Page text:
As I have mentioned, I have two cats—Maggie and Chip and they are very different. Maggie can’t be bothered to run away. If she gets outside, she just plops down on the sidewalk in the sun or grazes in the grass. She likes being outside–she just doesn’t go far. Mr. Chips is a different kind of cat. He looks for every opportunity to run outside. He’s jumped out windows, escaped from the garage, and I swear one time I saw him tying bedsheets into a rope. He is fast and more than once I’ve chased him through the neighborhood in my robe and slippers, screaming “I’m going to turn you into ear-muffs if I catch you” (I would not, but it feels good to yell that).
I’m like Maggie. But today I am in the airport en-route to Kassel Germany via Frankfort. I’d be happy to stay in my “cozy apartment” (that is how it is advertised) find my sun spot and watch TV and follow my little routine, but I told myself when I accepted this Fulbright that this was the time in my life to say “yes” to opportunities. My colleague Sigrid James, formerly from the USA but now living back in her home country, extended an invitation for me to teach and to view some residential programs in Germany. Sigrid is one of the experts in out-of-home care and a friend, and I’ve very happy to spend time with her and her colleagues at University of Kassel. I teach two classes and a seminar and visit three programs to make contacts and collect data, one of which is a center for unaccompanied refugees. The University of Pittsburgh University Center for International Studies funded my travel and support of this research.
My time here has helped me to think about the potential my research has for extending an understanding of “home” beyond the rather limited academic path that I’ve taken with it.
Although Portugal does not have a lot of refugees, it has a group of involved researchers at my university, who have been studying how the refugee experience impacts education. I also personally have thought a lot about home and what makes something restrictive or not, just from my own experiences of living in several kinds of places in Porto. So, this house cat is on her way.
When I think about the work that I have done professionally and as a volunteer, I realize that “home” and “family” play a large role in the narrative of my life and research. While I’d like to think of myself as an “explorer”, I’ve realized in my time here in Portugal that “house cat” would be a better adjective. I’ve come to terms with this and embraced it. I’ve created a space here in Porto until I can return home.
Which got me thinking about how difficult it must be for families to be away from all that is familiar when their children are here in Porto at the Centro Hospitalar de São João (CHSJ) e no Instituto Português de Oncologia (I.P.O.) do Porto. If I found it difficult to be away from home and all that is familiar and routine, how much harder is it for families undergoing a medical crisis of a seriously ill child? Because it is the largest medical center in the north, families come from small rural areas and towns across the center and north of Portugal so that their children receive treatment. As in the United States, the Ronald McDonald house offers a home away from home for these children and their families, and the Porto Ronald McDonald house is on the hospital campus. I volunteer there on Mondays and it is usually the highlight of my week.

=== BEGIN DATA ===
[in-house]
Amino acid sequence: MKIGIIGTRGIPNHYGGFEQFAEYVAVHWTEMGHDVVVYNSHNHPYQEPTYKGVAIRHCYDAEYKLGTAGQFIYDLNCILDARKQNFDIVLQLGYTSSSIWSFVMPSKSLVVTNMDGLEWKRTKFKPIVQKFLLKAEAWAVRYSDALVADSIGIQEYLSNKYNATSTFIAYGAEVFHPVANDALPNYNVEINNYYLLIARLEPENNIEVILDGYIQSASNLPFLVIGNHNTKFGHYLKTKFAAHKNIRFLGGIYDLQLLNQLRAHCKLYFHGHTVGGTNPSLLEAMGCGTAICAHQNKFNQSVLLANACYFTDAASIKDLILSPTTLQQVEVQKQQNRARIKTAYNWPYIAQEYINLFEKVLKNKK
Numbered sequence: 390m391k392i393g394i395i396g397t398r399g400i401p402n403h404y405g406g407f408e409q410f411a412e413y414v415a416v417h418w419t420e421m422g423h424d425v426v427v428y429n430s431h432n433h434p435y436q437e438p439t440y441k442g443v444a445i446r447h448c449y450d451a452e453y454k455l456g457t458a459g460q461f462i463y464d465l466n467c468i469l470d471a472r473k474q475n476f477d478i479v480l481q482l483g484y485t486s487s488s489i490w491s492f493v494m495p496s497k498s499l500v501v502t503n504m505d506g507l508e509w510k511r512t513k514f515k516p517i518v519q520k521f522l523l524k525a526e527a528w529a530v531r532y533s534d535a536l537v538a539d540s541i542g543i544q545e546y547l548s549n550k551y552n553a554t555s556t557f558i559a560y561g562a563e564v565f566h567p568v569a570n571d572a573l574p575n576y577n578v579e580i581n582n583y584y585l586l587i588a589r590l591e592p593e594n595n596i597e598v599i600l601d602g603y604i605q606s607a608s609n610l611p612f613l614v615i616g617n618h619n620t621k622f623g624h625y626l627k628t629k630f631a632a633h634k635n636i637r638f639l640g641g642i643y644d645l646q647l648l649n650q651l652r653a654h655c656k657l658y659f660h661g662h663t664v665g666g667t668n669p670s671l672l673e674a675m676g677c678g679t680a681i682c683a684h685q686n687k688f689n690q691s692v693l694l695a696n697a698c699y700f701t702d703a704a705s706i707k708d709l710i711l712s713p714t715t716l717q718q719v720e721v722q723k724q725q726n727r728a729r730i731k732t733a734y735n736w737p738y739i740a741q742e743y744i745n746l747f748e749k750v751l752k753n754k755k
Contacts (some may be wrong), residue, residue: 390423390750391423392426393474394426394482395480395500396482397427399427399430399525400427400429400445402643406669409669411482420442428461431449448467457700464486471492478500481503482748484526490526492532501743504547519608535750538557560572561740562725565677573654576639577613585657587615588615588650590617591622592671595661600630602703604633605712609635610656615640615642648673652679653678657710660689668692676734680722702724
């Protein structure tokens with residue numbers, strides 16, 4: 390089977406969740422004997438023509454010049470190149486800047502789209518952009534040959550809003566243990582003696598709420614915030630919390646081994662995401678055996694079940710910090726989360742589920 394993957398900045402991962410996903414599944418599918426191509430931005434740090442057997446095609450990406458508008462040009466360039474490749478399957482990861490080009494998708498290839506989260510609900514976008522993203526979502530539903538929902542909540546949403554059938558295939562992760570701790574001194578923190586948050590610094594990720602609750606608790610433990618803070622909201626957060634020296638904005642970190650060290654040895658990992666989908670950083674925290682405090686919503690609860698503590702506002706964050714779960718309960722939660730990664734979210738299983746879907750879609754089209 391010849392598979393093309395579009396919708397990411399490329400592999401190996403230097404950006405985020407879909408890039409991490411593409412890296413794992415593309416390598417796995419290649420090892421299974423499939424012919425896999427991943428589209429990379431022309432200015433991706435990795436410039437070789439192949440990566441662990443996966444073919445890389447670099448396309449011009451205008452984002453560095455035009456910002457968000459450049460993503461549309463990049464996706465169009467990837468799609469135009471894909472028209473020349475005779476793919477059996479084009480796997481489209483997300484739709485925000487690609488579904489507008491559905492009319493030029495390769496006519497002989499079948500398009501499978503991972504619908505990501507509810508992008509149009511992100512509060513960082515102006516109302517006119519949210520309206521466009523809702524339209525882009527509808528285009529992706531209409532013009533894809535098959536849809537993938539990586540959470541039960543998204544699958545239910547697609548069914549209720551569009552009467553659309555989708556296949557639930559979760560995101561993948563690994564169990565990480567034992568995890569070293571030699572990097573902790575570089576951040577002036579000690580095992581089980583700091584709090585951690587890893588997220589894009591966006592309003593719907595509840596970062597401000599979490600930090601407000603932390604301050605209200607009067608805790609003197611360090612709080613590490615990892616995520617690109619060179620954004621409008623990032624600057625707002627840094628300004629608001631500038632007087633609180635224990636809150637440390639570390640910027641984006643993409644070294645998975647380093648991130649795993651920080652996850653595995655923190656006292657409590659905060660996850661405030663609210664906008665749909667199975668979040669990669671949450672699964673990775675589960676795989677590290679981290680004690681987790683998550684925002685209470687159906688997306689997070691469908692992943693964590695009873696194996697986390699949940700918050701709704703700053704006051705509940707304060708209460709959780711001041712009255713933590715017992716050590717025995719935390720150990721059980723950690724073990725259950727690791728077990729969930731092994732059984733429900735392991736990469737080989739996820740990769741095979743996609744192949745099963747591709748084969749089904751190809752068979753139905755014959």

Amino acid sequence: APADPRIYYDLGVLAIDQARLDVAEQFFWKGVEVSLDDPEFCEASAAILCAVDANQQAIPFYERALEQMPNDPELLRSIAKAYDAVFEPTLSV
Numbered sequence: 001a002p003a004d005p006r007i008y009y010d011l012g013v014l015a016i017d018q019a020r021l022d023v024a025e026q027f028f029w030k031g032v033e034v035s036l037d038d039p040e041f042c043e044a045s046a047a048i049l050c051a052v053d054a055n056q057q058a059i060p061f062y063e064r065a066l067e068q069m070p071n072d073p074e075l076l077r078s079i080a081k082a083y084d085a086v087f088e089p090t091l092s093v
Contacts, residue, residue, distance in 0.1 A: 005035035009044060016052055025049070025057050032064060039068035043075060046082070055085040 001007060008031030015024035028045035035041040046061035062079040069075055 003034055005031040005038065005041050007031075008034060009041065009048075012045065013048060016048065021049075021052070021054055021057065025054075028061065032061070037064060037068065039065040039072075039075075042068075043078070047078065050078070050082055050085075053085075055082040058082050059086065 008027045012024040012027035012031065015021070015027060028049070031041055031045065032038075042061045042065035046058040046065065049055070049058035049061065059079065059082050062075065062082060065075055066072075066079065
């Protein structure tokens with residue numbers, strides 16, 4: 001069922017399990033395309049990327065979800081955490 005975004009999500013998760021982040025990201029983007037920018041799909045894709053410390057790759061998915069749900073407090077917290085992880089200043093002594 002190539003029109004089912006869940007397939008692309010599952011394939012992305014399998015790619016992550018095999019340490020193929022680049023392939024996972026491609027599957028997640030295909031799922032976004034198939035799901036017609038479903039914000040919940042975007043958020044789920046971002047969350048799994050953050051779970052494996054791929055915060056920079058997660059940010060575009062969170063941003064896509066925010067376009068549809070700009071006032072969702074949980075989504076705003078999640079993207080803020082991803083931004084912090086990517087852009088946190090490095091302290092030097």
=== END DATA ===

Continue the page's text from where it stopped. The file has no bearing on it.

So, what do I do? Sometimes I help with clerical tasks or with cleaning rooms or public spaces. Each of the families has a room and a bathroom and they share kitchen and laundry facilities. They have their own pantries where they can store food and they cook their meals and eat as a family. There is a large library which I usually end up rearranging and trying to suggest reading material, but my signs of “try this book “ were not a hit here. Maybe that is an American thing–they called it the “american experiment”.
But the best volunteer days are those when I get to play with the kids.
Play is the work of children, whether they are healthy or undergoing treatment for cancer or another serious illness. My job is to follow their lead and play. I think that this is particularly important during a health crisis. Playing with them is made easier by the fact that I speak like a 2 year old and that I can’t “direct” their play. I lack the language to do it. As a result, I listen and observe and follow their lead. Sometimes I am a T-Rex, chasing them around the play room. Sometimes I’m in the play cozinho with them as they direct me to make a meal. Sometimes I push them as they ride bikes and trucks. They tolerate my horrible Portuguese as I read board books to them (I do great with the books that have English/Portuguese words). Sometimes they just want to sit on my lap and read or watch a video.
I feel that I’m really learning how to listen when I’m at the Ronald McDonald House.
If you would like to read more about the program in the United States and in Porto: